The house had once swarmed with many occupants; the husband and wife had given birth to five daughters. The youngest child presented a small difference among the five; a developmental disability of the brain. And fifteen years later, the Fifth brought about another difference; she became the only companion the man had after his wife’s demise. The rest had re-located to different parts of the globe in marriage and time.
The father did his best to find a solution to his daughter’s ill fate. No cure seemed to befall the Fifth even after her father’s generous offerings in temples in search of a divine elixir. Doctors did their best to diagnose the problem, but to no avail. All these efforts just meant costs which the father couldn’t afford on the long run. A point arrived when the Father had to let go of his hope for a cure and resign his daughter’s future to fate.
With diminished hope came renewed vision to the Father. He decided it was necessary to teach his child the art of surviving and progressing no matter what. If this is how He intended to keep her then there must be good reason for it, he consoled himself. Just the utilitarian tasks were taught to the Fifth. The idea was to make her feel comfortable with herself and live independently.
But it was easier said than done. The tutorials ran for hours together. Grabbing her attention to one particular thing was in itself a huge task. She constantly drifted from one topic to other, and also grew cranky if asked to stay put in a place for more than a minute. It was an easy option to just let go of her and ask her to remain as she was, but he never sought it. As age accumulated on both sides, he realized it was going to be hard to keep up the energy as they did now for ever. He even grew scared that he might not live enough to complete teaching her the essentials and that would be a shame on his part and an add-on curse on her. With each of these passing thought, the course got speedier.
He tried his best not to be impatient with her and scold her. But frustration did catch up with him unknowingly. It surprised him how she could forget his often repeated instructions. Her forgetfulness astonished him and he re-affirmed it from her each time she committed a mistake. Did you really forget that? Remember I told you yesterday the match box is kept here? You should turn off the gas stove like this when you see the milk boil? Not all questions were answered right, but an improvement was observed over a course of time.
Slowly she learnt to clean herself, move her limbs with better co-ordination and even speak a few words which seemed completely authentic to her father’s ears but remained a mumble for the rest. He carefully watched over every single movement of hers so that no mistake would hurt her.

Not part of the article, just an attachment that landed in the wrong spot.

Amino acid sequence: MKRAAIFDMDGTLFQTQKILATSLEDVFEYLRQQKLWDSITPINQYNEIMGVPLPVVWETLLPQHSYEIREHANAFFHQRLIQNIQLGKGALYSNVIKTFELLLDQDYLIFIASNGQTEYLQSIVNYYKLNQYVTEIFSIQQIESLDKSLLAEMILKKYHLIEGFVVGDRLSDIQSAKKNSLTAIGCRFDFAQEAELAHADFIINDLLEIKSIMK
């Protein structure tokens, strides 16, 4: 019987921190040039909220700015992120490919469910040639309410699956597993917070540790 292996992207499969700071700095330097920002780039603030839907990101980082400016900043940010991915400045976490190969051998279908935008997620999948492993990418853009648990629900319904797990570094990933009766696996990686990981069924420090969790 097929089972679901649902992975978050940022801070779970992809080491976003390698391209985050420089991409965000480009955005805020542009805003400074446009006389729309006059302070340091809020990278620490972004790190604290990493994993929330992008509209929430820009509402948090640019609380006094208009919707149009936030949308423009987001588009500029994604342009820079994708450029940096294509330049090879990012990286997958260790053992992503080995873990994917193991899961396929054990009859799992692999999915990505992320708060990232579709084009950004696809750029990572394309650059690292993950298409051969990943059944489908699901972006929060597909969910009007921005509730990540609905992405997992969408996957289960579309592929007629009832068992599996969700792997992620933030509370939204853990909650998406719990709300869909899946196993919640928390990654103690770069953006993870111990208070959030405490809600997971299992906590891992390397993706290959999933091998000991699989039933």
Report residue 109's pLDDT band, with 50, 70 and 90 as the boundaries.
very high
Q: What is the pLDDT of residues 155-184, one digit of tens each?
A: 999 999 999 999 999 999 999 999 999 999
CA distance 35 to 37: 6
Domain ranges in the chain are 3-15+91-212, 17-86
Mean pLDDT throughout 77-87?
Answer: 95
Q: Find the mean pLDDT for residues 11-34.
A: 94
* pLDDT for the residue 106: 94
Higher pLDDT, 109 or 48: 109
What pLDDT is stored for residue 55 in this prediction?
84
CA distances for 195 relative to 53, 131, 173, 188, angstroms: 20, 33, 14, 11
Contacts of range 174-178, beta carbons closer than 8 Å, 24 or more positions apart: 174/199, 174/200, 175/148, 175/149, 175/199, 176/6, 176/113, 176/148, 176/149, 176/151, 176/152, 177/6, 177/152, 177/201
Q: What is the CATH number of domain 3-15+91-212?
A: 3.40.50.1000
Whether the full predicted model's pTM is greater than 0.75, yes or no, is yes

He hid in a corner one day to see how she reacted when left alone. She went frantic at first, wailed loudly and eventually ran around the house looking for him. When the search turned vain, she sat in the middle of the hall and stared indefinitely at the entrance gate awaiting a familiar figure to open it. He came out of hiding and tip toed his way to the back door, scaled the back wall and presented himself at the main gate with a smile which seemed to make the tears in his daughter’s eyes vanish in no time.
He improvised this game day by day, prolonging the time of his return, making her get used to her loneliness. And progress it seemed to him, as she gave up the practice of waiting for him and went on with her chores, unmindful of the time of his return. Though happy with progress she made, his heart felt heavy thinking about the indifference his presence would make to her soon.
Sensing her progress towards living skills, he was convinced that the day was not far when his child would be normal again. All in good time, he thought to himself. He soon replaced the plastic knifes in the kitchen with steel knifes which she used to cut vegetables confidently, though incongruently. Her hands shook less prominently and she could retain her mental attention on a specific item for a longer period of time. He reduced his indulgence in her activities and turned less judgmental with each passing day allowing her to live on her own.